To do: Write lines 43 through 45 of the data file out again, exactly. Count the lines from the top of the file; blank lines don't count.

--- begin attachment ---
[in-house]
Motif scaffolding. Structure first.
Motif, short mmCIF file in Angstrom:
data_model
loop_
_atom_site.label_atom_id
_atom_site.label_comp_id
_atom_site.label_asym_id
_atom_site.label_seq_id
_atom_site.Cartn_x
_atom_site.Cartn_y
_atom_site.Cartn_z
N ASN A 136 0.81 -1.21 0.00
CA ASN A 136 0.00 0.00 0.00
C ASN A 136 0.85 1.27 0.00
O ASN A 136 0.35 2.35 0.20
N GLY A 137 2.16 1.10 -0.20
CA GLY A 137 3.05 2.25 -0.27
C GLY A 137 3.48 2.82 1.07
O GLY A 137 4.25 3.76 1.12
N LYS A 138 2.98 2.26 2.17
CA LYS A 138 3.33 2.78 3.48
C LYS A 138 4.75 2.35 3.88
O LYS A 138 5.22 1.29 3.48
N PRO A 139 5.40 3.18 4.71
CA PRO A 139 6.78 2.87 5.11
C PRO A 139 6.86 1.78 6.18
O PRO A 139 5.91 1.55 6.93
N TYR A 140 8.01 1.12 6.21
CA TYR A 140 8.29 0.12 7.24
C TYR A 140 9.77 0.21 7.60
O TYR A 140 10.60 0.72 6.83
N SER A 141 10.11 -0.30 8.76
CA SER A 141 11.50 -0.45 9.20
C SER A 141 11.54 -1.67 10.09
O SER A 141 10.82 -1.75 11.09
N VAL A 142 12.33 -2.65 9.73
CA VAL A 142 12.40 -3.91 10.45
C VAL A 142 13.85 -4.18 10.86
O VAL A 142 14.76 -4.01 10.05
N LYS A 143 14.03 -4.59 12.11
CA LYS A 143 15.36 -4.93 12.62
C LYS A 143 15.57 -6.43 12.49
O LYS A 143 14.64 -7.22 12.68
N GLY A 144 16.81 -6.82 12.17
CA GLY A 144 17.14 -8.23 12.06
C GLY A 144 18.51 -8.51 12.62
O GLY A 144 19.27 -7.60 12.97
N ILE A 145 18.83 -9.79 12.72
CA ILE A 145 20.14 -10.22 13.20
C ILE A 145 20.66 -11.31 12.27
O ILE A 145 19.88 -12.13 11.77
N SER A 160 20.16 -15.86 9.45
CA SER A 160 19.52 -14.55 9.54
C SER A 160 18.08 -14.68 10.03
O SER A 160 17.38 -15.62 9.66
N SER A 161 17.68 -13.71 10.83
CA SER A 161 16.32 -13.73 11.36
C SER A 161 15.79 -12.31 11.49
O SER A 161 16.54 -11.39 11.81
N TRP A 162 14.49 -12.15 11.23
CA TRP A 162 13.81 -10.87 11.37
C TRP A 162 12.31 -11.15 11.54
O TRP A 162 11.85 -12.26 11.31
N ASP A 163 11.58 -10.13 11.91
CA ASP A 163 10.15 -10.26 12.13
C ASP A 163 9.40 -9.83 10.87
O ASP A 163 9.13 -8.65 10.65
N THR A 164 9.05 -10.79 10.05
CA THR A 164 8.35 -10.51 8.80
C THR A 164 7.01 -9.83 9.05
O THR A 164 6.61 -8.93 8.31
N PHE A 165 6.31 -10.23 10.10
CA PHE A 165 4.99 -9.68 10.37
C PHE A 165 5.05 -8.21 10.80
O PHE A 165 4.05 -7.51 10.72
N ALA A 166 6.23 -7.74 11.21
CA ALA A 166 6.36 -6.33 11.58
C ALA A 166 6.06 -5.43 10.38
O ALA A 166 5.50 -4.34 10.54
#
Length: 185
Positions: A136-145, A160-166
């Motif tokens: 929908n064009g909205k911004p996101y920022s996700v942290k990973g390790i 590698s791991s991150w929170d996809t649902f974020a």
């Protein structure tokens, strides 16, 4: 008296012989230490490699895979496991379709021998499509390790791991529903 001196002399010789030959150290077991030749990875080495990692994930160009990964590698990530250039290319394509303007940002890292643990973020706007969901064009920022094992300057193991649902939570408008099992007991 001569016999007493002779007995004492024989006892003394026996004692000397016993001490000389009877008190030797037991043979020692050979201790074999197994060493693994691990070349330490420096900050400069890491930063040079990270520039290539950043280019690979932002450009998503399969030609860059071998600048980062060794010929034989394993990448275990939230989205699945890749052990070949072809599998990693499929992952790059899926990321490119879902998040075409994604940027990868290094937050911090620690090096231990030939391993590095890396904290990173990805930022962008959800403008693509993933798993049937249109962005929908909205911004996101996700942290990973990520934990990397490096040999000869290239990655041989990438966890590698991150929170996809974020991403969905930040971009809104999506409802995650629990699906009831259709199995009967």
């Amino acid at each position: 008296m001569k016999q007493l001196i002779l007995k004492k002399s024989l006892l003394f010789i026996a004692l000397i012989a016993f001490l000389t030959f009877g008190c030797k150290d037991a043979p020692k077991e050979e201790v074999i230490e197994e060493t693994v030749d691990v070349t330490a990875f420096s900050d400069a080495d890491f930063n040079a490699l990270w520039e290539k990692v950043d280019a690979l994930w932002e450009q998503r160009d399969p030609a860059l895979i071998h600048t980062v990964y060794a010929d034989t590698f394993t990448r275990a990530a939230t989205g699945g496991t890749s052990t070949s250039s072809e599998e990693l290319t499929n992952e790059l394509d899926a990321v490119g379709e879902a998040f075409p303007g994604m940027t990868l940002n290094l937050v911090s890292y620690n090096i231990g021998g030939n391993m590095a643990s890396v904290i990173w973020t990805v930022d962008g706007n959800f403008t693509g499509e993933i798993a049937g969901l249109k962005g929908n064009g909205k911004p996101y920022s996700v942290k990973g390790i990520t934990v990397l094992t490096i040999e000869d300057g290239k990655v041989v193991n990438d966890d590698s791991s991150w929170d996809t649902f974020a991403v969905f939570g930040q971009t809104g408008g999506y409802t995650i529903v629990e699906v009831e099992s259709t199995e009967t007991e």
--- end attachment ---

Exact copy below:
C LYS A 143 15.57 -6.43 12.49
O LYS A 143 14.64 -7.22 12.68
N GLY A 144 16.81 -6.82 12.17